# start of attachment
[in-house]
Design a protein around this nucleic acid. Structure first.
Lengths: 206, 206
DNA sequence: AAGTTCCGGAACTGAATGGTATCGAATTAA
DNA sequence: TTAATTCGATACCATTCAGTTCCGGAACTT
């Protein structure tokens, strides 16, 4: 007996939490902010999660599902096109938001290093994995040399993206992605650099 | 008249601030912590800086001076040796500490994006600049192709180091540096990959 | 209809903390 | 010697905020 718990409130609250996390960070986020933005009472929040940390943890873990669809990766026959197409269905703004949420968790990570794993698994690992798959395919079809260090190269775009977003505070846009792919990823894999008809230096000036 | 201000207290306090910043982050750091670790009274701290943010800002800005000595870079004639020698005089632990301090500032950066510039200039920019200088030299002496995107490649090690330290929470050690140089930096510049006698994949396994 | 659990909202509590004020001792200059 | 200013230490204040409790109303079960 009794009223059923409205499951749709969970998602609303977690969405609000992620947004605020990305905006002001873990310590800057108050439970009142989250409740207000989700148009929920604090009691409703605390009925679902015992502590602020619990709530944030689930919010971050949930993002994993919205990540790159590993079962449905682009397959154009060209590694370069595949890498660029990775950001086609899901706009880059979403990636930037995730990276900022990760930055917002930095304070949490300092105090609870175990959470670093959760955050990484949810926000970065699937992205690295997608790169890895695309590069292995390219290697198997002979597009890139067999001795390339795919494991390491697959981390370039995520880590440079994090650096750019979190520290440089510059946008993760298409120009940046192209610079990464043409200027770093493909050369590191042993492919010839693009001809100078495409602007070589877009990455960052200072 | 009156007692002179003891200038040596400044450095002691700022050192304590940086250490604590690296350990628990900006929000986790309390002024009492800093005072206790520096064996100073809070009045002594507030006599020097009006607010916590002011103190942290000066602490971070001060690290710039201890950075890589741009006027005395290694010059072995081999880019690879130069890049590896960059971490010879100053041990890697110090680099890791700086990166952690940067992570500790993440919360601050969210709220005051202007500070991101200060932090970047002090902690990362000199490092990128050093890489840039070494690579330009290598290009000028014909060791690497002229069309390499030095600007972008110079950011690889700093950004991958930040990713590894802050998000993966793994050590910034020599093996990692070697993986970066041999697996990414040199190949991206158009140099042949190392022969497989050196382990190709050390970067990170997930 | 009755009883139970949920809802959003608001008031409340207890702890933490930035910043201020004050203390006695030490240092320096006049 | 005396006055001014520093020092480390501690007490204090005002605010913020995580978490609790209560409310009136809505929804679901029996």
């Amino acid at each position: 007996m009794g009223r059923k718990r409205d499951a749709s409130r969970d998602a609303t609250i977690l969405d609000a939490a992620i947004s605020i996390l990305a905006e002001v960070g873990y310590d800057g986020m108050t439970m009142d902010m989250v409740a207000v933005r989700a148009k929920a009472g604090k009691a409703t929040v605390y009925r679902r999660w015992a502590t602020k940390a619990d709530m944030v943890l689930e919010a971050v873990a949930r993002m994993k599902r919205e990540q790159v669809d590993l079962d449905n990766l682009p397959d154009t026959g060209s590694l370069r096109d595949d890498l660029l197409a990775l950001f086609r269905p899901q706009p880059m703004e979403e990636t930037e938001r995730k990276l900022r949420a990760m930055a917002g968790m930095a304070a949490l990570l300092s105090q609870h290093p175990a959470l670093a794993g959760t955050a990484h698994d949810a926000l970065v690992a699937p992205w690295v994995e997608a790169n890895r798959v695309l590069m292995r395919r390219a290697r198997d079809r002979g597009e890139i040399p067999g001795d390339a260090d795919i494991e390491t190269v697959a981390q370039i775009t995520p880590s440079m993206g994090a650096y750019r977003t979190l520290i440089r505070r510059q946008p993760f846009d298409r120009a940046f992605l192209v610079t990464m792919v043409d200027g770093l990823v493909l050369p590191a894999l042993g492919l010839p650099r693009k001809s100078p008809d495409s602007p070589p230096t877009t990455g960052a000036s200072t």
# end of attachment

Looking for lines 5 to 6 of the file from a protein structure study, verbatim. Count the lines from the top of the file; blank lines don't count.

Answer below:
DNA sequence: TTAATTCGATACCATTCAGTTCCGGAACTT
């Protein structure tokens, strides 16, 4: 007996939490902010999660599902096109938001290093994995040399993206992605650099 | 008249601030912590800086001076040796500490994006600049192709180091540096990959 | 209809903390 | 010697905020 718990409130609250996390960070986020933005009472929040940390943890873990669809990766026959197409269905703004949420968790990570794993698994690992798959395919079809260090190269775009977003505070846009792919990823894999008809230096000036 | 201000207290306090910043982050750091670790009274701290943010800002800005000595870079004639020698005089632990301090500032950066510039200039920019200088030299002496995107490649090690330290929470050690140089930096510049006698994949396994 | 659990909202509590004020001792200059 | 200013230490204040409790109303079960 009794009223059923409205499951749709969970998602609303977690969405609000992620947004605020990305905006002001873990310590800057108050439970009142989250409740207000989700148009929920604090009691409703605390009925679902015992502590602020619990709530944030689930919010971050949930993002994993919205990540790159590993079962449905682009397959154009060209590694370069595949890498660029990775950001086609899901706009880059979403990636930037995730990276900022990760930055917002930095304070949490300092105090609870175990959470670093959760955050990484949810926000970065699937992205690295997608790169890895695309590069292995390219290697198997002979597009890139067999001795390339795919494991390491697959981390370039995520880590440079994090650096750019979190520290440089510059946008993760298409120009940046192209610079990464043409200027770093493909050369590191042993492919010839693009001809100078495409602007070589877009990455960052200072 | 009156007692002179003891200038040596400044450095002691700022050192304590940086250490604590690296350990628990900006929000986790309390002024009492800093005072206790520096064996100073809070009045002594507030006599020097009006607010916590002011103190942290000066602490971070001060690290710039201890950075890589741009006027005395290694010059072995081999880019690879130069890049590896960059971490010879100053041990890697110090680099890791700086990166952690940067992570500790993440919360601050969210709220005051202007500070991101200060932090970047002090902690990362000199490092990128050093890489840039070494690579330009290598290009000028014909060791690497002229069309390499030095600007972008110079950011690889700093950004991958930040990713590894802050998000993966793994050590910034020599093996990692070697993986970066041999697996990414040199190949991206158009140099042949190392022969497989050196382990190709050390970067990170997930 | 009755009883139970949920809802959003608001008031409340207890702890933490930035910043201020004050203390006695030490240092320096006049 | 005396006055001014520093020092480390501690007490204090005002605010913020995580978490609790209560409310009136809505929804679901029996």